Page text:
Michigan residents see income rise

Good news about income levels and how the state-wide average weekly wage can impact your workers’ compensation benefits.

The Detroit Free Press is reporting that household incomes rose by 2.4%. This is the largest annual increase since the 2007-2008 recession and third consecutive year of gains.

We are excited to hear this good news and it will have a wide-ranging impact across the state. Rising income levels also have a positive impact on workers’ compensation benefits.

Individuals hurt on-the-job are supposed to receive 80% of their after-tax average weekly wage. However, this amount is capped at 90% of the state-wide average weekly wage.

The idea is to limit wage loss benefits under workers’ compensation to what most people in Michigan are actually paid. This means high wage earners are stuck with an arbitrary maximum regardless of their income. The maximum weekly rate for 2016 is only $842.00.

Rising income levels result in a higher state-wide average weekly wage. This means greater benefits for people hurt at work even if their salary remains the same.

Sample Calculation

Mr. Smith works as a steel worker in Warren, MI. He gets paid $2,000.00 per week including overtime. He suffers a herniated disc when bending over to lift a 50-pound item.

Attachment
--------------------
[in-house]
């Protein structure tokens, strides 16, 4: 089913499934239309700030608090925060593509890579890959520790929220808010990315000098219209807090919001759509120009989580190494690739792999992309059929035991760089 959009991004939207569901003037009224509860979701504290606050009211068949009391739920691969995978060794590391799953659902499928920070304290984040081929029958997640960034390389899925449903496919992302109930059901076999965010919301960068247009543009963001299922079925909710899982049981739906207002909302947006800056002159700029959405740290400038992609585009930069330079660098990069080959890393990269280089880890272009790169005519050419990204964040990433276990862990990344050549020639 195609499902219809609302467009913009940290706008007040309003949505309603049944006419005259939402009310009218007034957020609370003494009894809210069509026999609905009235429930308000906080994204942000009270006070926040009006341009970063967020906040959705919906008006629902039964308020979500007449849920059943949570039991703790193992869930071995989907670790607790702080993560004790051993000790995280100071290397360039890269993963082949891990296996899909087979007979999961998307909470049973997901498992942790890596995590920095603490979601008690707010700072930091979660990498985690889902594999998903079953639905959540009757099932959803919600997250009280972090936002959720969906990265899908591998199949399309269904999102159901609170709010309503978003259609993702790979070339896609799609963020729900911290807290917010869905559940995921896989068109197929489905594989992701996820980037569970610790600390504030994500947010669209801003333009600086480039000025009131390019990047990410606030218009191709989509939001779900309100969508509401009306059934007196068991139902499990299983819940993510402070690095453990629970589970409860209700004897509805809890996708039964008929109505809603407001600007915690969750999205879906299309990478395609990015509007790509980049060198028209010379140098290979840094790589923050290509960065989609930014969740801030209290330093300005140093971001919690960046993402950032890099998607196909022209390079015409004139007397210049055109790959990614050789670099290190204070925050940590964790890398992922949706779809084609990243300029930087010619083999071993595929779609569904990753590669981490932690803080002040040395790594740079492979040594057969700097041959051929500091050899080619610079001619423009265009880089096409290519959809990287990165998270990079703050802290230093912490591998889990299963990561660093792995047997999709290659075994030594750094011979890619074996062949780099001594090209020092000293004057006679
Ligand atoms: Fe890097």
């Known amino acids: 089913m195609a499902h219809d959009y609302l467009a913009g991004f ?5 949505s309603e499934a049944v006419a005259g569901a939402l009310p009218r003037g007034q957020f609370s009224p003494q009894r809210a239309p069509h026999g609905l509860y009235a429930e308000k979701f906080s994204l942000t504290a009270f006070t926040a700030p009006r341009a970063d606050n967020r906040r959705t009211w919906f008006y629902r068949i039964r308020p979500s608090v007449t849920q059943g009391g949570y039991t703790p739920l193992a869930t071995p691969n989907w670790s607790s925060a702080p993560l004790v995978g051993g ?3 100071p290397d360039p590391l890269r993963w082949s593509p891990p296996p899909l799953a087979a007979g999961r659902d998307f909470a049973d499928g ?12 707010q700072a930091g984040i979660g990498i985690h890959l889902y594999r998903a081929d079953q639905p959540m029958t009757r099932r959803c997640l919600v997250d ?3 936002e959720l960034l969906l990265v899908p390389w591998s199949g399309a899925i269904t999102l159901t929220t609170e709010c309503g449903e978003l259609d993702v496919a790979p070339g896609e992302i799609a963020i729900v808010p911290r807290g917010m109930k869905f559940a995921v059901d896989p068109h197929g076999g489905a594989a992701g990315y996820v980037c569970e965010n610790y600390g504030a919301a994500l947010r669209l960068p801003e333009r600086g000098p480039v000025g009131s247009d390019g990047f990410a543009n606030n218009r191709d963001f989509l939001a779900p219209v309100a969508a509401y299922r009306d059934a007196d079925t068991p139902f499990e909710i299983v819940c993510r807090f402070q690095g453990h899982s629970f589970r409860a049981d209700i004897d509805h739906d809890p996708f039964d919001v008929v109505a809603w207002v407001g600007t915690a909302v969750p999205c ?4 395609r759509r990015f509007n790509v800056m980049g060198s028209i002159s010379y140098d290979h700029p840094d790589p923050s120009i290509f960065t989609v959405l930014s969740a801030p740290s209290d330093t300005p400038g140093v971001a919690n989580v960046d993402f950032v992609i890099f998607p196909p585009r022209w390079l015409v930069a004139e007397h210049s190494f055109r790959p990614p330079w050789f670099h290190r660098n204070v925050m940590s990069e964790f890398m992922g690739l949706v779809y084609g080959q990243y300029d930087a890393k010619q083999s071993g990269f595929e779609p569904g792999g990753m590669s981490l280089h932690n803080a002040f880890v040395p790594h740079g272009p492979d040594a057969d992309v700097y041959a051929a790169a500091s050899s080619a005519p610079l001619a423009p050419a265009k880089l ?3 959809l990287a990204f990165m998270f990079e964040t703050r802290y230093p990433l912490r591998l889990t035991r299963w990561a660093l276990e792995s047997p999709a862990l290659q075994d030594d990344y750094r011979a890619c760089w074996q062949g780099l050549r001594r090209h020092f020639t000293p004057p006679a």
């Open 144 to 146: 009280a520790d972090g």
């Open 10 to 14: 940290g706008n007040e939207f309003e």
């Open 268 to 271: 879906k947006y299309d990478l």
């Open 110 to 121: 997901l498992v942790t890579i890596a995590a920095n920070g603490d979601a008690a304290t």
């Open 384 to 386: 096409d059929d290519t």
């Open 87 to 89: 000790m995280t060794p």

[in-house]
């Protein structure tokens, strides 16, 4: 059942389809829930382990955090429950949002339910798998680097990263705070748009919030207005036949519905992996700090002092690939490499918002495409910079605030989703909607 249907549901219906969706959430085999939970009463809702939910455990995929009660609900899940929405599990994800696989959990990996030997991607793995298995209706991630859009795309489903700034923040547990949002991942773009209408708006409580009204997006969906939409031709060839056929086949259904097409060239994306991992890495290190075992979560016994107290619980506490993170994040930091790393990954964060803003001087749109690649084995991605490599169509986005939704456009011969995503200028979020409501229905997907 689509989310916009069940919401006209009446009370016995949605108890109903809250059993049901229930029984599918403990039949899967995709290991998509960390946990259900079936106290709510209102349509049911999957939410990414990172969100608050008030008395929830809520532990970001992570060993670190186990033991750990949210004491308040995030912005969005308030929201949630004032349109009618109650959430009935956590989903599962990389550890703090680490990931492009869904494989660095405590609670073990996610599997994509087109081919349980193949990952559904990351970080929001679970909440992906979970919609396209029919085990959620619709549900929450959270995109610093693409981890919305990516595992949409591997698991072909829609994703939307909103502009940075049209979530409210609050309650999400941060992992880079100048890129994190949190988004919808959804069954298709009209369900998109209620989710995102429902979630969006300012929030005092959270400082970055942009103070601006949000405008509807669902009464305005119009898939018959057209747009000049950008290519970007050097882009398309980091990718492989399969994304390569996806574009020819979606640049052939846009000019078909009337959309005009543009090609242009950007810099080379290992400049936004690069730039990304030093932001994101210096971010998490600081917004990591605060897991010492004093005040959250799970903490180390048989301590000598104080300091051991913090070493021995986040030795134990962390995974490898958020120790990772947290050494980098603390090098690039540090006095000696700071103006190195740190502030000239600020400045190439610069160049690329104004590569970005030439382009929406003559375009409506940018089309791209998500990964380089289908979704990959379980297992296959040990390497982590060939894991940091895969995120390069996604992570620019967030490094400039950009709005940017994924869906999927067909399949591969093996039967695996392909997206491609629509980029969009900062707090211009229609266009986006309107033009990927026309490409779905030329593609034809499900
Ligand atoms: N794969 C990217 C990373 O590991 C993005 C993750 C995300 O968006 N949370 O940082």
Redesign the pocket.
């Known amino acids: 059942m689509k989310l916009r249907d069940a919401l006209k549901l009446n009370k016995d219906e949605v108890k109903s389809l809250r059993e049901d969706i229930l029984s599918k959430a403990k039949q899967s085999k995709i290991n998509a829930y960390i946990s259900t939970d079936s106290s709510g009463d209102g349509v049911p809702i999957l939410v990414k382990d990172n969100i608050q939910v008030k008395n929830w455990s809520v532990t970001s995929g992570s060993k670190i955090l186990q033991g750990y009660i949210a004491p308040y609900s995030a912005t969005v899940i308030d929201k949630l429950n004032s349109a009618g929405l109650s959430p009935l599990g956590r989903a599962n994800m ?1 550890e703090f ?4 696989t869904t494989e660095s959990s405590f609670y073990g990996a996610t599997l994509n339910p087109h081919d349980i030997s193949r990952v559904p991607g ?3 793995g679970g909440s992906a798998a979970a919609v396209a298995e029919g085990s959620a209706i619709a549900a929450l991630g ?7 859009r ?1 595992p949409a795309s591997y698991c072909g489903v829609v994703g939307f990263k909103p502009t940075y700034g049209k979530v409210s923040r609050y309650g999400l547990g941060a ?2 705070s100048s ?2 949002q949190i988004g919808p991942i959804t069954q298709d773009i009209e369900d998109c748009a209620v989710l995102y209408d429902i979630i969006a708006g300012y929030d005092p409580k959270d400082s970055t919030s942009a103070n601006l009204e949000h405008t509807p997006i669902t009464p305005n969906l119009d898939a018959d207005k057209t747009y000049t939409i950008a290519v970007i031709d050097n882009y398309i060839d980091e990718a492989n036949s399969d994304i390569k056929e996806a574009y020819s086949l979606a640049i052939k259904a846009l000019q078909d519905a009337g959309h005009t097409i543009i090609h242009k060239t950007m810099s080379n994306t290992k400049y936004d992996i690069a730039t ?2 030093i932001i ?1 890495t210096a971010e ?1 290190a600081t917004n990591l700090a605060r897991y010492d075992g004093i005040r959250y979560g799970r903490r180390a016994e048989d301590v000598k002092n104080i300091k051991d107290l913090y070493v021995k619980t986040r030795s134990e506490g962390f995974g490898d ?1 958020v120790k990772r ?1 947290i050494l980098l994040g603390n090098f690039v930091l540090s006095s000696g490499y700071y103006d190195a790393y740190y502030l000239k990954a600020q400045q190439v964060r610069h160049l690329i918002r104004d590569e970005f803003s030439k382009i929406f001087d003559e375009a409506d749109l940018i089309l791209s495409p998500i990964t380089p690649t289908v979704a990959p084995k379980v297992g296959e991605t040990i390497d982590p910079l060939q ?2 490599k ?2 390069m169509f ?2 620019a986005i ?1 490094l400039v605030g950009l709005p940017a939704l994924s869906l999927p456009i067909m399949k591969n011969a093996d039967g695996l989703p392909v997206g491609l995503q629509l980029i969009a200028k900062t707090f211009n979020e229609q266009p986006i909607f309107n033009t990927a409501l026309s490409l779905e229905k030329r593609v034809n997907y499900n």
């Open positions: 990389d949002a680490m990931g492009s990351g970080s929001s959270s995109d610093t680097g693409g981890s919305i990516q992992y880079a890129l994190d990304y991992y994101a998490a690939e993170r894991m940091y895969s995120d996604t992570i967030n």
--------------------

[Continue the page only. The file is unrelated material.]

Workers’ compensation is supposed to pay 80% of his average weekly wage or $1,015.04. But he only gets a maximum of 90% of the state-wide average weekly wage or $842.00.

Assuming his salary remains the same but he gets hurt the following year. Just a 2.4% increase in the state-wide average weekly wage could translate to an additional $22.44 per week. This would result in another $1,166.88 being paid for each year he is disabled.

Michigan Workers Comp Lawyers never charges a fee to evaluate a potential case. Our law firm has represented injured and disabled workers exclusively for more than 35 years. Call (855) 221-2667 for a free consultation today.

Related information:

How do I calculate my average weekly wage?

Photo courtesy of Creative Commons, by 401(K) 2013.

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